And I expect nothing per se from parenting, as I was kind of an accidental parent. Parenting is hard, costly and largely unthanked. But you love your kids so you grit your teeth and get on with it.
In that regard anything and everything becomes a bonus....a gummy grin, Mummy you smell of flowers, you're 36 (I'm 44), little hands wrapped around your neck to whisper something to you. Pictures, lazy duvet days, a grudging thank you, you did a great job of my poster I asked you to help me with do for me (yep,that was my teen again), parenting gifts you these moments.
They screw you up, your mum and dad....all I can hope, like others, is that I have Done Enough.

coffeeisnectar Thu 18-Jun-15 01:00:15

1. Motivating them, getting them out of the pig sty they call a bedroom before lunchtime (unless I'm offering a shopping trip in which case she's up doing her hair at 7am). Learning to let go a bit, letting them grow and make mistakes but always being there for the 1am call asking for a lift home.

2. Exam pressure, peer pressure, media pressure. It's hard for them and they need to have the security of home but still want to be "grown up" as well as wanting mum to fix stuff.

3. Being a parent is the toughest job in the world but the best. If you get it right then you have the satisfaction of knowing your child is able to make their own way in the world with confidence.

ThumbWitchesAbroad Thu 18-Jun-15 01:07:06

Oh I really thought this was a thread aimed at teen parents. NOt that I am one, I'm just nosey. I don't even have teens. Hey ho.

textfan Thu 18-Jun-15 01:18:13

Message withdrawn at poster's request.

AndNowItsSeven Thu 18-Jun-15 01:25:19


nooka Thu 18-Jun-15 01:37:42

1.What are your 3 biggest parenting challenges?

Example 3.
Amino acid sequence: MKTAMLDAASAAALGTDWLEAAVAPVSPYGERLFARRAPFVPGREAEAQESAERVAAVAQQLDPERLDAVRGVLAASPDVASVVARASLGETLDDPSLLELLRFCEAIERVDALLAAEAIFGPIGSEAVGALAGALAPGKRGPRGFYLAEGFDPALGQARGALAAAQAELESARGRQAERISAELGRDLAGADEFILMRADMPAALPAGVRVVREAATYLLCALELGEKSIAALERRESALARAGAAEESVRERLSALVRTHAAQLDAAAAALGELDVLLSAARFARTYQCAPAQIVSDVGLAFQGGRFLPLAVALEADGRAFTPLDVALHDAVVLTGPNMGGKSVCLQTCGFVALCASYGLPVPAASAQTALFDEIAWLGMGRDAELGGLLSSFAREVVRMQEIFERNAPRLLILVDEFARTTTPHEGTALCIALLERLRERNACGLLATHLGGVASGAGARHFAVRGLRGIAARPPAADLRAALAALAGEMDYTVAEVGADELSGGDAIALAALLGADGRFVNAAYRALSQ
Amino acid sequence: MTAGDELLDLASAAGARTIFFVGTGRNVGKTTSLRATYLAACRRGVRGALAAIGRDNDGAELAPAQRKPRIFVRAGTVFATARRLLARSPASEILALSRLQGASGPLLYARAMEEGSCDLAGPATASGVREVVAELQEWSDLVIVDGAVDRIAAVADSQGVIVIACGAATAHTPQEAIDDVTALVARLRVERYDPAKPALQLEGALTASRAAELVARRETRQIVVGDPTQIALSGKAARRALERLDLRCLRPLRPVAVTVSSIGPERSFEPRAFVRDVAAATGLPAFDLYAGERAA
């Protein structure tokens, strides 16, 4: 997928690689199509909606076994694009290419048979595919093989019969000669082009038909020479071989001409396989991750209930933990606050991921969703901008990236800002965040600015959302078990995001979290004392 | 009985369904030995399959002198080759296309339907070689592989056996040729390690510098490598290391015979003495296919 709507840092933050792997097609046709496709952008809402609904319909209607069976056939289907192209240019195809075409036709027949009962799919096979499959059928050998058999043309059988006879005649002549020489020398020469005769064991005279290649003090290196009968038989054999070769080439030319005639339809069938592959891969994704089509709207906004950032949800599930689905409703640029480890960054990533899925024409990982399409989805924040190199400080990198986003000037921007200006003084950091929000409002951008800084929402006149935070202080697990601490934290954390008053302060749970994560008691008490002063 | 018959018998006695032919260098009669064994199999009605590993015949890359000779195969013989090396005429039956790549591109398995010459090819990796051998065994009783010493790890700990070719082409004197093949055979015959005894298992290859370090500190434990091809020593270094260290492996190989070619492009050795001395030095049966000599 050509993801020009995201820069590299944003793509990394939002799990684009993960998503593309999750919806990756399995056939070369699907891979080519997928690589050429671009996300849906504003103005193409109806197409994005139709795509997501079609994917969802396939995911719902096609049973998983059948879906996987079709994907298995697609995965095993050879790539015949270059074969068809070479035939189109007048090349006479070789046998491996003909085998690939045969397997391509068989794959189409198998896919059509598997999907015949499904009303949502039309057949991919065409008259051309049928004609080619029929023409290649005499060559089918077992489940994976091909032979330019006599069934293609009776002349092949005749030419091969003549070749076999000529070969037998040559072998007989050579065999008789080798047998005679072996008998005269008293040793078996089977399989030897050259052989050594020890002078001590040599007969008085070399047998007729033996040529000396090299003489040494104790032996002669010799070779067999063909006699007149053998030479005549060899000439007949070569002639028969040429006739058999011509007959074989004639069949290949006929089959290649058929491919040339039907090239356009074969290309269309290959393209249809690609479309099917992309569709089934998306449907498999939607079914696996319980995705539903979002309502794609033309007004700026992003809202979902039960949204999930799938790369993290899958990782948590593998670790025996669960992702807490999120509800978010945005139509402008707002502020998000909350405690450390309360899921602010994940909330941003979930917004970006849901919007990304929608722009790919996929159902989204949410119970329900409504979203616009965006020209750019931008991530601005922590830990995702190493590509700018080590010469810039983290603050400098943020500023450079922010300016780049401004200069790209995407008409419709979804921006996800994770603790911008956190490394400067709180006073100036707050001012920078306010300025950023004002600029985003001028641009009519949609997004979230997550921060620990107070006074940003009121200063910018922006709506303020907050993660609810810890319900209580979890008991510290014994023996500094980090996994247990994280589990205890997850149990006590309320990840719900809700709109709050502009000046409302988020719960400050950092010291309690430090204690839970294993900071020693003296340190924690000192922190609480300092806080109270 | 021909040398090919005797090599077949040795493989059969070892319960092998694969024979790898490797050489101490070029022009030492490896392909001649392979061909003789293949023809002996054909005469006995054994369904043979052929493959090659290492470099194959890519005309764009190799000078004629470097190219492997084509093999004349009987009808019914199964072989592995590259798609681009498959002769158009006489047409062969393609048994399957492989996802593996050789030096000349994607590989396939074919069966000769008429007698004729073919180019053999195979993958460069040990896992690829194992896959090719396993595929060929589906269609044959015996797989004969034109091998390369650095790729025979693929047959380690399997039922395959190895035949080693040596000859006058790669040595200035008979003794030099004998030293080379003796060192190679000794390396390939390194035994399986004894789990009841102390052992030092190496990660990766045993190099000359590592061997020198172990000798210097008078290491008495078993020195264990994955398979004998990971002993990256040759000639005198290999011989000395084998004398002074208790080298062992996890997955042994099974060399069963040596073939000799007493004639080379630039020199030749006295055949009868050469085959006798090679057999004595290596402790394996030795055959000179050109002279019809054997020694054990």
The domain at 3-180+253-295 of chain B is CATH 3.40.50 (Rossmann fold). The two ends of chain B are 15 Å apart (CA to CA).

Supporting them to be proactive about their lives and challenges
Supporting them when things go wrong in their friendship circles - dd has recently experienced one of her friends being sexually assaulted by another of her friends, which has been very hard all round
Getting ds to do his chores or dd to tidy her room without having a big fight

2.What do you think are the 3 biggest challenges your teenagers face? (what worries/tests/occupies them).
Adjusting to too much change too quickly (their bodies, lives and more - ds said that the changes that happen between 12 to 16 can be overwhelming)
Worry about the future, what choices they should make, careers to consider etc
Sometimes they worry about their academic success, but their biggest source of stress is other people, mostly their friends but also the people they go to school with or hang out with on line.

3.What is the BEST bit about being a parent?
Spending time with my children, who are generally fantastic (when not being awful grin)

Claybury Thu 18-Jun-15 10:57:01

1. Biggest parenting challenge - Not being able to stop DS smoking weed, realising your DC's will make their own choices which you can't control even if they are harming themselves / their future, being physical / verbally abused by a teen boy and not knowing how to handle it.
2. Challenges teens face - peer pressure to look a certain way, fit in, being thin ( girls ) muscular ( boys )
3.. Best bit about being a parent - when a teen takes your advice, when they are nice company, when they are happy and succeed at things they take on, when they need you.

starlight15 Thu 18-Jun-15 12:11:34

1/ Not being listened to
2/ Facebook, social media, peer pressure,
3/ There aren't any at the moment.

Minifingers9 Thu 18-Jun-15 13:25:49

1) Having to watch a child fuck up their education, and be able to do nothing.
2) Growing up in an economy and society which brutalises the unskilled and low-paid, a group which my dd will be joining if she doesn't develop some motivation to succeed.
3) Like Starlite below, I'm at a low point right now. I sometimes wonder if I would have chosen to have children if I'd been able to see ahead to what we've been through as a family over the past 4 years. It really has been relentlessly awful, and we still have years of it to come (youngest is 9, has ASD and a difficult temperament. Terrified for what lies ahead for him and us).

outdoorsy Thu 18-Jun-15 17:27:41